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First-Year and Junior Engineering Students’ Self-Assessment of Information Literacy Skills

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Conference

2014 ASEE Annual Conference & Exposition

Location

Indianapolis, Indiana

Publication Date

June 15, 2014

Start Date

June 15, 2014

End Date

June 18, 2014

ISSN

2153-5965

Conference Session

Student-Centered Information Literacy

Tagged Division

Engineering Libraries

Page Count

10

Page Numbers

24.607.1 - 24.607.10

Permanent URL

https://peer.asee.org/20498

Download Count

46

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Paper Authors

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Kerrie A Douglas Purdue University, West Lafayette

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Anna Douglas is a Post-Doctoral Research Associate at Purdue University's Institute for P-12 Engineering Research and Learning. She received her B.A. in Psychology, M.S. Ed. in School Counseling, and her Ph.D. in Educational Psychology, with an emphasis on Research Methods and Measurement from Purdue University. Her research focuses on assessment and evaluation in engineering education.

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Ruth E. H. Wertz Purdue University, West Lafayette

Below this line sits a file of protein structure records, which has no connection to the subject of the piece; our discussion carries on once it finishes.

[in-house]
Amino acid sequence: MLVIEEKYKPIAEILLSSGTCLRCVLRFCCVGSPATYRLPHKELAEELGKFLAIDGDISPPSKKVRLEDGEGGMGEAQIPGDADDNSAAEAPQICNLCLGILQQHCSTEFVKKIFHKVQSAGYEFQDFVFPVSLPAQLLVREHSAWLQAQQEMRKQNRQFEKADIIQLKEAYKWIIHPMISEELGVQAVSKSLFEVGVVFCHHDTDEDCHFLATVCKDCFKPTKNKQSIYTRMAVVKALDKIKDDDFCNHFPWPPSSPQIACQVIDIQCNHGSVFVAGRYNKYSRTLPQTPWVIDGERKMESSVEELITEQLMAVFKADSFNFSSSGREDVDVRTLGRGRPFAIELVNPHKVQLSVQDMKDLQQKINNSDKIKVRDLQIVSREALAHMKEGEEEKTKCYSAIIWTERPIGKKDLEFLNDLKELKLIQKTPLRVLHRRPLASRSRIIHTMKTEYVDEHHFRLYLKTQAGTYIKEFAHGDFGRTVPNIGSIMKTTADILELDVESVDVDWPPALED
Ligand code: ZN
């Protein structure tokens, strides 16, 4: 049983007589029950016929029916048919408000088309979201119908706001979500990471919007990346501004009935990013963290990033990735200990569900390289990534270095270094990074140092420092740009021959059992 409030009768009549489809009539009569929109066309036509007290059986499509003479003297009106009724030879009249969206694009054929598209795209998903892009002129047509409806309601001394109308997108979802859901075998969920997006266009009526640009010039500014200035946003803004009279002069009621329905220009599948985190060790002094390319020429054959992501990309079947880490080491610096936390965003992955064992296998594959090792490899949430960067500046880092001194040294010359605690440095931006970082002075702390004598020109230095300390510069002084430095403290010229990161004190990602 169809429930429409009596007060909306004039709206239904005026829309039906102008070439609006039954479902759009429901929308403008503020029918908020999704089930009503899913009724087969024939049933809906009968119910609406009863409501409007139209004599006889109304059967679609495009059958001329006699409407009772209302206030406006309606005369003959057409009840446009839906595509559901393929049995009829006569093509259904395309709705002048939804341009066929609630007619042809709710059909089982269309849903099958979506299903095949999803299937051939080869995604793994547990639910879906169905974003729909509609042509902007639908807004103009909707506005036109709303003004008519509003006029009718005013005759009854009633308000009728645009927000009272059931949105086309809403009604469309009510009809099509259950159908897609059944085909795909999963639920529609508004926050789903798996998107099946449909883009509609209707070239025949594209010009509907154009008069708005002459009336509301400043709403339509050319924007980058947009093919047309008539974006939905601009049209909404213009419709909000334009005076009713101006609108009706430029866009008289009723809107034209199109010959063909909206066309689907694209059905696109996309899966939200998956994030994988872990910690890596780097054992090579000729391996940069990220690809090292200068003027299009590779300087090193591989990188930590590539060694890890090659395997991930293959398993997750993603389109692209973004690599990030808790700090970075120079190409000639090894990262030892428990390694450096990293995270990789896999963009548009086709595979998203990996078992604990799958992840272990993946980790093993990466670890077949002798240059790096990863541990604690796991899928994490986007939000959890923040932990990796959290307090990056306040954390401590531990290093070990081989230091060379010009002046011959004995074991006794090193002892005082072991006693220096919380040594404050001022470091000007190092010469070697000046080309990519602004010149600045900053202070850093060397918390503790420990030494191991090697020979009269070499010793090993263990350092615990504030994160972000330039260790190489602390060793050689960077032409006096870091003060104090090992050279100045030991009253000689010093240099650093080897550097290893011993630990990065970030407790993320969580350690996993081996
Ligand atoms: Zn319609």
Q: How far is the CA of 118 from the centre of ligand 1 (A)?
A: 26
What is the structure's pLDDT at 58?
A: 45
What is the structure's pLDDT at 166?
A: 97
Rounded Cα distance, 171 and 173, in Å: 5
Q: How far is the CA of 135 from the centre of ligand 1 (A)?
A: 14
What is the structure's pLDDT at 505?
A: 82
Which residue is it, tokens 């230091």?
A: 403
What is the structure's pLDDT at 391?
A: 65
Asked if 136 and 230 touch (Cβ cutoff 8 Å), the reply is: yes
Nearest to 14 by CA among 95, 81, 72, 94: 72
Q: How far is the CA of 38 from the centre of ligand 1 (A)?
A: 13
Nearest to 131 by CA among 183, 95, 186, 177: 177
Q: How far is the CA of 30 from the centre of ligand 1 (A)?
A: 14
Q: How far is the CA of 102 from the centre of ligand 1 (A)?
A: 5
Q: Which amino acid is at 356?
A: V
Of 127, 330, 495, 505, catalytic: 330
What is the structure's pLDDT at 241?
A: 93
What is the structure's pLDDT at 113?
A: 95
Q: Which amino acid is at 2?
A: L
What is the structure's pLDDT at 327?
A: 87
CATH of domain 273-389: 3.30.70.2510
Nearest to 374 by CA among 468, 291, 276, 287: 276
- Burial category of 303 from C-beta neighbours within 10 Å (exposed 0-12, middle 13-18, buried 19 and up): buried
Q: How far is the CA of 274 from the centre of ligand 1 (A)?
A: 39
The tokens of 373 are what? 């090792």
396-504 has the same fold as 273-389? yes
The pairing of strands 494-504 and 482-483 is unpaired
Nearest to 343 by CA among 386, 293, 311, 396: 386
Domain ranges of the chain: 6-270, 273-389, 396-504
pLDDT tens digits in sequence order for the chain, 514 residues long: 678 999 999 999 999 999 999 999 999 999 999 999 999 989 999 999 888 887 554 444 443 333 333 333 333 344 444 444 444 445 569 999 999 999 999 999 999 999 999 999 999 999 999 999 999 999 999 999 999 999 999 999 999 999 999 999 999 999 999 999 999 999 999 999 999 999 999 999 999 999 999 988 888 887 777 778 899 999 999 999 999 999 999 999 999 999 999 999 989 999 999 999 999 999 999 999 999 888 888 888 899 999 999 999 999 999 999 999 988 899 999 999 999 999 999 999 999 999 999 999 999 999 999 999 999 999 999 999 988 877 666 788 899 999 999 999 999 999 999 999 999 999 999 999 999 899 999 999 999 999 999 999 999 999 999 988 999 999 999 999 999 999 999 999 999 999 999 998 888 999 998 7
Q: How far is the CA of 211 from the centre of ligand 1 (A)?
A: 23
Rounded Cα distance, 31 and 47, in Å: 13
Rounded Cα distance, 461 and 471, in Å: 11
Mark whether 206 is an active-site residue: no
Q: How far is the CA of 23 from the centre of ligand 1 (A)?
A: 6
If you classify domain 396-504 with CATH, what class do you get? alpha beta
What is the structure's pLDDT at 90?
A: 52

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Michael Fosmire Purdue University, West Lafayette

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Michael Fosmire is Professor of Library Science and Head, Physical Sciences, Engineering, and Technology Division of the Purdue University Libraries.

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Senay Purzer Purdue University, West Lafayette Orcid 16x16 orcid.org/0000-0003-0784-6079

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Şenay Purzer an Assistant Professor in the School of Engineering Education at Purdue University. In 2011, she received a NSF CAREER award, which examines how engineering students approach innovation. She is also a NAE/CASEE New Faculty Fellow. Purzer conducts research on aspects of design education such as innovation and information literacy.

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Amy S. Van Epps Purdue University, West Lafayette Orcid 16x16 orcid.org/0000-0002-5986-5952

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Abstract